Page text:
• Who is much better — functional, even, although shaken up by her diagnosis of beginning Alzheimer’s. But she’s fine — she knows what she’s doing. She knows what’s on for the day, she recognizes Gilgamesh in a newspaper cartoon, and she’s thinking seriously about moving into a senior community, which I think would be a great idea — although it would be sad for her to leave her nice house that’s close to K’s brother. We surreptitiously visited a place nearby that looked quite nice –close to where she had lived when the kid were growing up. She could probably be more independent there than she is at her house, where she is pretty much at the mercy of my sometimes short-tempered sister-in-law as far as getting out. She is also much less anxious than she has been in the past. I think she’s getting over Tom’s death and figuring out how to get along in the world on her own.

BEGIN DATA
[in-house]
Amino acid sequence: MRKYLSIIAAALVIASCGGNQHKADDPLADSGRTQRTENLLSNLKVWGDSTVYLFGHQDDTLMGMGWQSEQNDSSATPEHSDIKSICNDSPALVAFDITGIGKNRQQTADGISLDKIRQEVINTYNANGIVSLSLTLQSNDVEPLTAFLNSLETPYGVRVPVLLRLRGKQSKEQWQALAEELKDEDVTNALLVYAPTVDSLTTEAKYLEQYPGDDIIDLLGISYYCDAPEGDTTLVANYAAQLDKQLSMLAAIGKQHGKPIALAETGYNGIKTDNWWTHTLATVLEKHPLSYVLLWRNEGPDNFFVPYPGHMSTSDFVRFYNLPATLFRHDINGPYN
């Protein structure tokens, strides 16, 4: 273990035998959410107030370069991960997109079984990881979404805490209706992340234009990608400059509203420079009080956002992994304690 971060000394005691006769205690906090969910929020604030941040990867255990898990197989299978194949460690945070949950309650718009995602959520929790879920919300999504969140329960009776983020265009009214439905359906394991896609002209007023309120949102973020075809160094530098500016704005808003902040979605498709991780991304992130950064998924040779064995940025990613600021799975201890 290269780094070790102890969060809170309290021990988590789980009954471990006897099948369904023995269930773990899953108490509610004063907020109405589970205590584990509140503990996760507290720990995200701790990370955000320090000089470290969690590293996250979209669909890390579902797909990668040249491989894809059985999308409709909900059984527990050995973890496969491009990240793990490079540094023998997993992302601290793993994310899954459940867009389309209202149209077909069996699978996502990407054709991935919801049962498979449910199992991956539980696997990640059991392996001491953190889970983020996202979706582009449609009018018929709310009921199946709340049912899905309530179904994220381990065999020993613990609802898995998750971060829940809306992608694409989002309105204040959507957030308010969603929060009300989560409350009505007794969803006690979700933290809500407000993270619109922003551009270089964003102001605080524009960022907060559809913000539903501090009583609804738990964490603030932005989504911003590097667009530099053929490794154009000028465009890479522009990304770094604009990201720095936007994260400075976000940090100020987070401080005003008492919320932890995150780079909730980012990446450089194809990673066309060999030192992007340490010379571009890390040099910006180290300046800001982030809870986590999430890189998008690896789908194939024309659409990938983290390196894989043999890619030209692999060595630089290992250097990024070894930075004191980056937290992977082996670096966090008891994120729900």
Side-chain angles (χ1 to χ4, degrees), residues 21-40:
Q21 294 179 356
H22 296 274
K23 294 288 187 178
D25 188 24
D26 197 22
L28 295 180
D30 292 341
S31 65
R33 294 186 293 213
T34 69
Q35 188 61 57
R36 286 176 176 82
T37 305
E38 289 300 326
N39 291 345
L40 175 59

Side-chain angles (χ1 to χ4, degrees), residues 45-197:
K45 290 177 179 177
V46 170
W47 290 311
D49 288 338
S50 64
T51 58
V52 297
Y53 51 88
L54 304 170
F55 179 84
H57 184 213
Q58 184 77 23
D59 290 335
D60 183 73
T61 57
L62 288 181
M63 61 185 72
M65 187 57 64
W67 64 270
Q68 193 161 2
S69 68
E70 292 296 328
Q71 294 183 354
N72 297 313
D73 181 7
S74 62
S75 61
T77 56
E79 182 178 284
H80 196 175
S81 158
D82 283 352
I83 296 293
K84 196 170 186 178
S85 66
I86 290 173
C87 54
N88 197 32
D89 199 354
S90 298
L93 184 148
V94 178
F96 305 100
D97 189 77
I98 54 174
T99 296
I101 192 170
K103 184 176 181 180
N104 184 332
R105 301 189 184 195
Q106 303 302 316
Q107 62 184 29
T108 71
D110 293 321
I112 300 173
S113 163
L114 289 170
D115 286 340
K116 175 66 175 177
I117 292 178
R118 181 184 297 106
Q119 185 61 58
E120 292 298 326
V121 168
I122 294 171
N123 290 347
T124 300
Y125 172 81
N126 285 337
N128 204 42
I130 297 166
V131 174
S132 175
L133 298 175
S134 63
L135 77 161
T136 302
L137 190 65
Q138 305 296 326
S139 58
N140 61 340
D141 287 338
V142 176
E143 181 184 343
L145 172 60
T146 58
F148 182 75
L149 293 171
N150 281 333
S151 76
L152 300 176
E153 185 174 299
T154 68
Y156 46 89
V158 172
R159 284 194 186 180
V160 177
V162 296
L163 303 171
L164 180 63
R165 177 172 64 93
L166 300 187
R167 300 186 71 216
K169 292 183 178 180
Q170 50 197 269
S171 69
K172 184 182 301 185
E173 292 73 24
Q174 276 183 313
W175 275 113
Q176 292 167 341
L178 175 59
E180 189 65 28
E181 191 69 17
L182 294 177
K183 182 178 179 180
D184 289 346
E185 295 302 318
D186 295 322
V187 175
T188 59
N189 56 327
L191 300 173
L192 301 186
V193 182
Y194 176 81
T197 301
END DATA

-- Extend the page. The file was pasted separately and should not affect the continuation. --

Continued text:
• So much for the elderly report — N flew in and then we all four drove to Ohio to drop M off. I’ll have to go into that more later, but I think it’s going to be okay. Her roommate is not much like her, but still a good roommate. She got all moved in and N and I went shopping for the few remaining items she needed. we got her a phone that works. She picked out her classes and met someone we all agreed should be her friend. It was great having N along, just as it was great having my niece A (and M, actually) along when we dropped off N. N knew what to do, and what M would need, and was reassuring. Also, she could hang around with M when it would have been weird for us to, and also knew when to leave her alone. Also, I have a funny story about Jeanne and her husband to relay, but I think I’ll do that later. But Jeanne sent M the most beautiful flowers I have ever seen — a bouquet of flowers of all different hues of red. They were gorgeous, and it was such a nice thing to do. Sniff.